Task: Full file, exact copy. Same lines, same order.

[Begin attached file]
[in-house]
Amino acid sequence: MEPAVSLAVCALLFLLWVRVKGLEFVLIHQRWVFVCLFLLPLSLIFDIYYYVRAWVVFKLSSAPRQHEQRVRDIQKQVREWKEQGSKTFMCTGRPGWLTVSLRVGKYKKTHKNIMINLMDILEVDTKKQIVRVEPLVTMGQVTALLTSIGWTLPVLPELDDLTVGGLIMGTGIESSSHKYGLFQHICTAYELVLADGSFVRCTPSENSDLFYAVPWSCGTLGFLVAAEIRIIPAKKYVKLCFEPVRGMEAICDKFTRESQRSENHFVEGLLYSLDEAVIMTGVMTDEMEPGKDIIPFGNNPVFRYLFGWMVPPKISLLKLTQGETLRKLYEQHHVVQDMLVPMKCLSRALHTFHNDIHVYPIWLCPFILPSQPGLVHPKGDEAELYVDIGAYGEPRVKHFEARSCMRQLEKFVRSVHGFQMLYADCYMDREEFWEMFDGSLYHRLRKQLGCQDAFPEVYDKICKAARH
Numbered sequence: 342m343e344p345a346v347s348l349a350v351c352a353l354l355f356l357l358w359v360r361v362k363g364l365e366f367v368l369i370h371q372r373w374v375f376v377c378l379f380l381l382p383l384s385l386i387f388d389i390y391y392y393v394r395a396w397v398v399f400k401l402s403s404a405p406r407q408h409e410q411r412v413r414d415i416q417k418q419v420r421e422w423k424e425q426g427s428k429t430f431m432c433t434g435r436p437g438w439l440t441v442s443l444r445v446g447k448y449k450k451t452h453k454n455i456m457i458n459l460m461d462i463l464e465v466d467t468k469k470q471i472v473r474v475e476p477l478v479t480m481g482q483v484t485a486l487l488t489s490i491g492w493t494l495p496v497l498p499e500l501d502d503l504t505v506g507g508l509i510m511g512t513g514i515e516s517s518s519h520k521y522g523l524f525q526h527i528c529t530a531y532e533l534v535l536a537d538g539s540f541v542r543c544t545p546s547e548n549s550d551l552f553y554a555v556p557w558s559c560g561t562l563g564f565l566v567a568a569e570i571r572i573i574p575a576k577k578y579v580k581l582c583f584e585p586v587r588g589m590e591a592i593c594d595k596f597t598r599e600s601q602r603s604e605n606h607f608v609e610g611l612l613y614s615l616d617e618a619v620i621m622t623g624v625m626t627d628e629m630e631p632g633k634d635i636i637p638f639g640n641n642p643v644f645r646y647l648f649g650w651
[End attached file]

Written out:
[in-house]
Amino acid sequence: MEPAVSLAVCALLFLLWVRVKGLEFVLIHQRWVFVCLFLLPLSLIFDIYYYVRAWVVFKLSSAPRQHEQRVRDIQKQVREWKEQGSKTFMCTGRPGWLTVSLRVGKYKKTHKNIMINLMDILEVDTKKQIVRVEPLVTMGQVTALLTSIGWTLPVLPELDDLTVGGLIMGTGIESSSHKYGLFQHICTAYELVLADGSFVRCTPSENSDLFYAVPWSCGTLGFLVAAEIRIIPAKKYVKLCFEPVRGMEAICDKFTRESQRSENHFVEGLLYSLDEAVIMTGVMTDEMEPGKDIIPFGNNPVFRYLFGWMVPPKISLLKLTQGETLRKLYEQHHVVQDMLVPMKCLSRALHTFHNDIHVYPIWLCPFILPSQPGLVHPKGDEAELYVDIGAYGEPRVKHFEARSCMRQLEKFVRSVHGFQMLYADCYMDREEFWEMFDGSLYHRLRKQLGCQDAFPEVYDKICKAARH
Numbered sequence: 342m343e344p345a346v347s348l349a350v351c352a353l354l355f356l357l358w359v360r361v362k363g364l365e366f367v368l369i370h371q372r373w374v375f376v377c378l379f380l381l382p383l384s385l386i387f388d389i390y391y392y393v394r395a396w397v398v399f400k401l402s403s404a405p406r407q408h409e410q411r412v413r414d415i416q417k418q419v420r421e422w423k424e425q426g427s428k429t430f431m432c433t434g435r436p437g438w439l440t441v442s443l444r445v446g447k448y449k450k451t452h453k454n455i456m457i458n459l460m461d462i463l464e465v466d467t468k469k470q471i472v473r474v475e476p477l478v479t480m481g482q483v484t485a486l487l488t489s490i491g492w493t494l495p496v497l498p499e500l501d502d503l504t505v506g507g508l509i510m511g512t513g514i515e516s517s518s519h520k521y522g523l524f525q526h527i528c529t530a531y532e533l534v535l536a537d538g539s540f541v542r543c544t545p546s547e548n549s550d551l552f553y554a555v556p557w558s559c560g561t562l563g564f565l566v567a568a569e570i571r572i573i574p575a576k577k578y579v580k581l582c583f584e585p586v587r588g589m590e591a592i593c594d595k596f597t598r599e600s601q602r603s604e605n606h607f608v609e610g611l612l613y614s615l616d617e618a619v620i621m622t623g624v625m626t627d628e629m630e631p632g633k634d635i636i637p638f639g640n641n642p643v644f645r646y647l648f649g650w651